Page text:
Transformers: War for Cybertron
Far more then meets the eye
Transformers- Like major names such as Star Wars and Star Trek, they continue to remain in our modern popular culture even 2 and a half decades after they first crashed landed on Earth and rolled out ton continue their epic war. When many ask how they have been able to remain in this competitive field, it is, from my perspective, an interesting combination of epic battle, a human/robot friendship, character emotion, and the ability to deliver on their catch phrases, especially through the action figures. Since that time, millions of action figures have been sold, a 3D direct sequel TV series has been made along with many various spinoffs, and several films have been screened. In the past decade, Transformers weren’t exactly in the bright spotlight as they once were. While the Armada series was keeping the Transformers around, it wasn’t until Steven Spielberg and Michael Bay brought the franchise into a non-animated feature film for the first time on July 12, 2007 with the release of Transformers. Despite the disappointment of some audiences and what many consider to be the creation of the “Bay-apocalypse”, Transformers are once again in the popular spotlight.
If there’s anything that the transformers have not conquered, it has been their involvement in video games. While on the PlayStation 2, THQ created a gem with their game Transformers (based off the Armada line), the past few years have seen somewhat functional movie-licensed games based off the two Michael Bay films, Transformers (2007) and Transformers: Revenge of the Fallen (2009). But for one studio, this new opportunity for the Transformers is seen as an opportunity to do more then a film cash-in: it is the ability to pay exceptional fan service to all those who enjoyed the Transformers, regardless of what series or line was (Personally, I am a child of the Beast Wars/ Beast Machines line. Dinobot, you’re a legend!)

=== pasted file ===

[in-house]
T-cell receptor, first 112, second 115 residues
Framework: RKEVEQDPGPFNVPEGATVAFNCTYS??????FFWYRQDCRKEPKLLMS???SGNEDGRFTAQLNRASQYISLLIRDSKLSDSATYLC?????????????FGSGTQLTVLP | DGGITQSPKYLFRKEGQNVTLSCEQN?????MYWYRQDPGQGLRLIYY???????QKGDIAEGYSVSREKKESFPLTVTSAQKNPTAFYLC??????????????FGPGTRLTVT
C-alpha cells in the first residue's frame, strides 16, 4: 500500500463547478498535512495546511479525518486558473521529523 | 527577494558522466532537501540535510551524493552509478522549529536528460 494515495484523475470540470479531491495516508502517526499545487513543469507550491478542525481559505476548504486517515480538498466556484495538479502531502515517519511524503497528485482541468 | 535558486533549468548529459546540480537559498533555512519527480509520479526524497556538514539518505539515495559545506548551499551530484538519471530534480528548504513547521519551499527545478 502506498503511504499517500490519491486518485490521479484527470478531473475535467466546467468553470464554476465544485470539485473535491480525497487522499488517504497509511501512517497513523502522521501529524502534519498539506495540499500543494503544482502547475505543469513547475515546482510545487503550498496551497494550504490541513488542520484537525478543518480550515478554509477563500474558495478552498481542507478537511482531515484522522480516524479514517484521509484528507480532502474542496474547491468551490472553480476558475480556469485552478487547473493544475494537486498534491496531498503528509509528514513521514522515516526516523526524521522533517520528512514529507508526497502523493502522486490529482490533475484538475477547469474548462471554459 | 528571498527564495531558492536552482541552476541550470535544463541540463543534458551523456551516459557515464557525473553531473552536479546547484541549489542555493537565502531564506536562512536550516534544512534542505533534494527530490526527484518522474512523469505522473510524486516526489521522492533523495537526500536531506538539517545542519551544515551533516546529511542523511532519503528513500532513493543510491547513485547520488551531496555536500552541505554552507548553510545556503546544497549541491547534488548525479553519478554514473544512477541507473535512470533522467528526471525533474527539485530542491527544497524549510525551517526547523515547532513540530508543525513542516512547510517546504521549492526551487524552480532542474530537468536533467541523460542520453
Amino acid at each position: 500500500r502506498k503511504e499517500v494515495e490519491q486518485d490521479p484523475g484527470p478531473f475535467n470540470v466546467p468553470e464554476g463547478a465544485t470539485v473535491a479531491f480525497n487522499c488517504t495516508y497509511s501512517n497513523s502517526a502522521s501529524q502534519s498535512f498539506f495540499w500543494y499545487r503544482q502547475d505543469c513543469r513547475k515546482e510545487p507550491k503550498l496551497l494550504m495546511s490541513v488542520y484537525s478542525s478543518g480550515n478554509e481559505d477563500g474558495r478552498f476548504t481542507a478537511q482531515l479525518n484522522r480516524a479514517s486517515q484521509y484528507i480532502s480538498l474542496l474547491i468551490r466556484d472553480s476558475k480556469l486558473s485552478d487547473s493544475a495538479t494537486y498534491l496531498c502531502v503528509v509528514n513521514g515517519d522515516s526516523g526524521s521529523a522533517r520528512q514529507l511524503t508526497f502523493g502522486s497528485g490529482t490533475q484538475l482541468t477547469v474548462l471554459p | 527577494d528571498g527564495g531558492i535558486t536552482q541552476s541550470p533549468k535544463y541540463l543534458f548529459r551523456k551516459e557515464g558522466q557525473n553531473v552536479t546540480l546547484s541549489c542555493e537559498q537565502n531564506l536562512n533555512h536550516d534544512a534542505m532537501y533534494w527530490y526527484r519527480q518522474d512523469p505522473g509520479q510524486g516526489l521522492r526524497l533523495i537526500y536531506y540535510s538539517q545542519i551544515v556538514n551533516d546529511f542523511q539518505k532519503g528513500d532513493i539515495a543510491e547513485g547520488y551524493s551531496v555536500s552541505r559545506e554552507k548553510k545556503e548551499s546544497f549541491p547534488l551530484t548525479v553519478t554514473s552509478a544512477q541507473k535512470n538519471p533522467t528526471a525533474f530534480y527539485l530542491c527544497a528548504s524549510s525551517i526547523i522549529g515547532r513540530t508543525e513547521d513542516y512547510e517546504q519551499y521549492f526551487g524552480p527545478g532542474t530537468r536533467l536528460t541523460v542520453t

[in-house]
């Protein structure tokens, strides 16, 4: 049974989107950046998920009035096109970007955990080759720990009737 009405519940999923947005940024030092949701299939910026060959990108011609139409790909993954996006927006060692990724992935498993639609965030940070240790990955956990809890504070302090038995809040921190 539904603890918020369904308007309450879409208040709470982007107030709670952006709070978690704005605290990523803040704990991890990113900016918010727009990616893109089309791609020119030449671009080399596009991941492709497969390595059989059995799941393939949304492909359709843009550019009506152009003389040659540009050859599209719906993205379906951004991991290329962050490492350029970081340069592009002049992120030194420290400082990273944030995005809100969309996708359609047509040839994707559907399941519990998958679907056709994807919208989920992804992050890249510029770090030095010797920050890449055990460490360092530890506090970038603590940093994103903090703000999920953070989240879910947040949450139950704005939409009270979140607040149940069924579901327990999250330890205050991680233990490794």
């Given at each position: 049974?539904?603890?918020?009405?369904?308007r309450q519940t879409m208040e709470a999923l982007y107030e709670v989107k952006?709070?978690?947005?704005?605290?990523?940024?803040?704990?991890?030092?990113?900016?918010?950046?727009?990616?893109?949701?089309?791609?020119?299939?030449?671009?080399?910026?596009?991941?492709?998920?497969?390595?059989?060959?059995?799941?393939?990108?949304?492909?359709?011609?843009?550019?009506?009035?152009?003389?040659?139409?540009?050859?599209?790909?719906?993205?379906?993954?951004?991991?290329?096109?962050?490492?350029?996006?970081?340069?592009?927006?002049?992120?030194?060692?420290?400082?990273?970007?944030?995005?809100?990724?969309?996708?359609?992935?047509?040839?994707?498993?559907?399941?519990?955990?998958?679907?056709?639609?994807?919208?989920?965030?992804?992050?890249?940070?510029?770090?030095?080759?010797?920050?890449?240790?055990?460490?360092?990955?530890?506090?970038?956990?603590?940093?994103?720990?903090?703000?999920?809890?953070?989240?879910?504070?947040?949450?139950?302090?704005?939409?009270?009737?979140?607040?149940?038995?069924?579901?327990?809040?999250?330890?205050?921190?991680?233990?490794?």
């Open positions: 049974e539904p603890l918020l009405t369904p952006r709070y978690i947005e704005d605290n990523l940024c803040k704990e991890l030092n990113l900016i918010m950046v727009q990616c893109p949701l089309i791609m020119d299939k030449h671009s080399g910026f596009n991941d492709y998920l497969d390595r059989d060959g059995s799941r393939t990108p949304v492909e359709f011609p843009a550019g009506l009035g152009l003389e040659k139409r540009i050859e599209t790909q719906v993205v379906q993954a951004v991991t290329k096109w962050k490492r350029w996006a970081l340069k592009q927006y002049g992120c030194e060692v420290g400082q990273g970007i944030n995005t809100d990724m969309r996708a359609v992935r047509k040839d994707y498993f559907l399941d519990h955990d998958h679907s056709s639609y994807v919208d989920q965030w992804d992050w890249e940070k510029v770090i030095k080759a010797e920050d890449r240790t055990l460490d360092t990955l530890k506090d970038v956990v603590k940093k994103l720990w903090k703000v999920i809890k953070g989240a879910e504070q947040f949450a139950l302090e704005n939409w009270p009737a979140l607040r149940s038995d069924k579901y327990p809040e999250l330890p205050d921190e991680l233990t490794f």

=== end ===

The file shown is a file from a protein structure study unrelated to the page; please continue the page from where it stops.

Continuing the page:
High Noon Studios had a high bar to reach for and a challenge to accomplish in this competitive software arena: to bring a high-quality game that makes gamers remember what Transformers is all about while welcoming those unfamiliar with Transformers into their world. Dare to unrealistic? I think not. Dare to believe this was possible? High Noon Studios did and they succeeded.
From publisher Activision and High noon Studios, this is Transformers: War for Cybertron, a game worthy of Primus! High Noon absolutely nailed the point of Transformers with its action set pieces, character delivery, wonderful game play, and exceptional single player. This is not including the escalation mode, campaign co-op, or the deep and fun multiplayer. Transformers: War for Cybertron is one of the big highlights of the summer and, unarguably, the Batman Arkham Asylum of 2010.